Boeing needs to take to heart the learning from the previous 2013-2014 lithium ion battery explosions and fires that clouded the initial 787 Dreamliner aircraft. Readers will recall that there were some questions as to what was causing such fires to occur, and the aircraft’s safety was thrust into the global spotlight. After Boeing initially declined to ground the aircraft, global regulators collectively mandated the aircraft’s grounding until Boeing came-up with a definitive root cause and proven solution. An NTSB investigative report eventually concluded that the probable cause was an internal short circuit within a battery cell which led to a condition of thermal runway. The report also pointed to cell manufacturing defects and oversight of cell manufacturing processes involving the battery manufacturer. In addition to battery manufacturing oversight, Boeing then added additional battery compartment design safeguards to help mitigate an incident of fire that would compromise the aircraft’s operation. Today, there are little incidents of battery issues for operational 787’s. However, Boeing did initially incur both a financial and reputational hit regarding its response and initial foot-dragging.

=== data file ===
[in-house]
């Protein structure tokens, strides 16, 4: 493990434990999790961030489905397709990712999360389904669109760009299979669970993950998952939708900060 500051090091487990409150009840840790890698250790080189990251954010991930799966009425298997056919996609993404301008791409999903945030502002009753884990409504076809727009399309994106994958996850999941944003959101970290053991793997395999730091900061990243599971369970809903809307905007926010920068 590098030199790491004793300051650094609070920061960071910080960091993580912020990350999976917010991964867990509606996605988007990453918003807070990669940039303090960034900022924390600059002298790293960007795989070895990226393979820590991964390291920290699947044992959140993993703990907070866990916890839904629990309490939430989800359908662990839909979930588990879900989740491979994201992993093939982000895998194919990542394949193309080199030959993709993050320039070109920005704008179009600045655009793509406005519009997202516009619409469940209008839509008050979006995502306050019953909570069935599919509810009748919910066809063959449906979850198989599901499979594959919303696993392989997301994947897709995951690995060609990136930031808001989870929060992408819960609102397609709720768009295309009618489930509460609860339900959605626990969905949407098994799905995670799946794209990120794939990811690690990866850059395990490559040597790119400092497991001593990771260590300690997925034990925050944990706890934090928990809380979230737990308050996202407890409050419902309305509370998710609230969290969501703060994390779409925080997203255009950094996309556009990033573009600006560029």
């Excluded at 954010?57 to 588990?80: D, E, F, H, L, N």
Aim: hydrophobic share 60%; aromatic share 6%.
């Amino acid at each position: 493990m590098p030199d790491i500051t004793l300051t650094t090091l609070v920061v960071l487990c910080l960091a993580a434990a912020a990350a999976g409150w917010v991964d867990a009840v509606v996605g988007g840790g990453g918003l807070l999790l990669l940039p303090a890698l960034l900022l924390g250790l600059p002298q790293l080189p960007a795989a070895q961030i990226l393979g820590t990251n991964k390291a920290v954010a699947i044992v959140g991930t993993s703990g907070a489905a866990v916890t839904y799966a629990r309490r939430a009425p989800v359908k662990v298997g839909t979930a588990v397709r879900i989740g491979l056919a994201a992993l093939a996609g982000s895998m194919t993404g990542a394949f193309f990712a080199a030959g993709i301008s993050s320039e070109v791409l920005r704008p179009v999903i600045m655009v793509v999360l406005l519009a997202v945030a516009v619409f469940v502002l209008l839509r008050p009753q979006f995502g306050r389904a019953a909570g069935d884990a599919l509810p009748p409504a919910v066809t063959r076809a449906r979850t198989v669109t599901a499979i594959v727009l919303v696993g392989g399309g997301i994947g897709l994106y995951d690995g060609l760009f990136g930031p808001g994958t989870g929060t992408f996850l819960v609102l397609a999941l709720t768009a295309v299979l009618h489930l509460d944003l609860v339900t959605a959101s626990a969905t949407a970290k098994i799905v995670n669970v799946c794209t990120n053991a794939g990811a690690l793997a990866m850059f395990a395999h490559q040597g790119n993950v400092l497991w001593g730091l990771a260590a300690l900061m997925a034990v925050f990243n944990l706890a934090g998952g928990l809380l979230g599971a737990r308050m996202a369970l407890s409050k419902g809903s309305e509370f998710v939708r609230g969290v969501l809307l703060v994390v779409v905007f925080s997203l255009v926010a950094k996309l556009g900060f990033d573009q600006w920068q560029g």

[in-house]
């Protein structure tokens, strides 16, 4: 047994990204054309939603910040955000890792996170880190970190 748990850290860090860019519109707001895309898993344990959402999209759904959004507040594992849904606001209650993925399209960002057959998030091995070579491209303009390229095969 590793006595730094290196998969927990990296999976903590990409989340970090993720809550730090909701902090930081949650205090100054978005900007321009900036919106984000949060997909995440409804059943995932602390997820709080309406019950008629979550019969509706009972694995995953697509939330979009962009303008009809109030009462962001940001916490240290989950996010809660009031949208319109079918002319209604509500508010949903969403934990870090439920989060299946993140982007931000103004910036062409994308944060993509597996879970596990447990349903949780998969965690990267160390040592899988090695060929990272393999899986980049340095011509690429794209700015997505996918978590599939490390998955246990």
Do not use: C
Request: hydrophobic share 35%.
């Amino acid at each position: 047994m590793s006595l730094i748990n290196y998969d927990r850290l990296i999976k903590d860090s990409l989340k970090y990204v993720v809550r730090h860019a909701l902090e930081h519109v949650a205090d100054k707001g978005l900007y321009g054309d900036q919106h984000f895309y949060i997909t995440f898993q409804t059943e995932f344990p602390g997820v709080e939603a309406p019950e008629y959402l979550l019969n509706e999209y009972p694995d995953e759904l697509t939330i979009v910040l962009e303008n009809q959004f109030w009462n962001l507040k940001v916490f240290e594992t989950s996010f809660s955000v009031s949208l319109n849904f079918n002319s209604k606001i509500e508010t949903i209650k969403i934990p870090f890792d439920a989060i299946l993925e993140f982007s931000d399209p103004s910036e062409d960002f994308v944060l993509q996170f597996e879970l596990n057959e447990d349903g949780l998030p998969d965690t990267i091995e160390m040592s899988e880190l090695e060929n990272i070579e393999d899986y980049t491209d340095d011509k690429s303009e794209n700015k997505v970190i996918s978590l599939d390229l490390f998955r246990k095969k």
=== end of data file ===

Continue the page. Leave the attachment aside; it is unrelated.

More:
The 787 MAX incidents now appear to take on more concerning and troubling implications for aircraft safety. By our lens, Boeing needs to get in-front of this crisis through transparency and proactive actions. Boeing’s senior executive and/or product design executives need to be out-front and visible. Yes, there are quite a few customer orders pending and Boeing’s 737 supply network teams working full-tilt to scale-up monthly production volumes will also be potentially impacted. But, more is at-stake regarding this specific model’s safety reputation.
Whether that’s a global-wide grounding to ascertain specific root-cause or an all-out effort to allow time for all 737 MAX pilots to retrain on simulators, action needs to occur, either from Boeing, global regulators or both. Whatever is required, be it software, hardware or pilot related, the flying public needs to have definitive answers.
Added Note: As we publish the U.S. Federal Aviation Administration (FAA) tweeted the following:
So much for one side of stakeholder influence.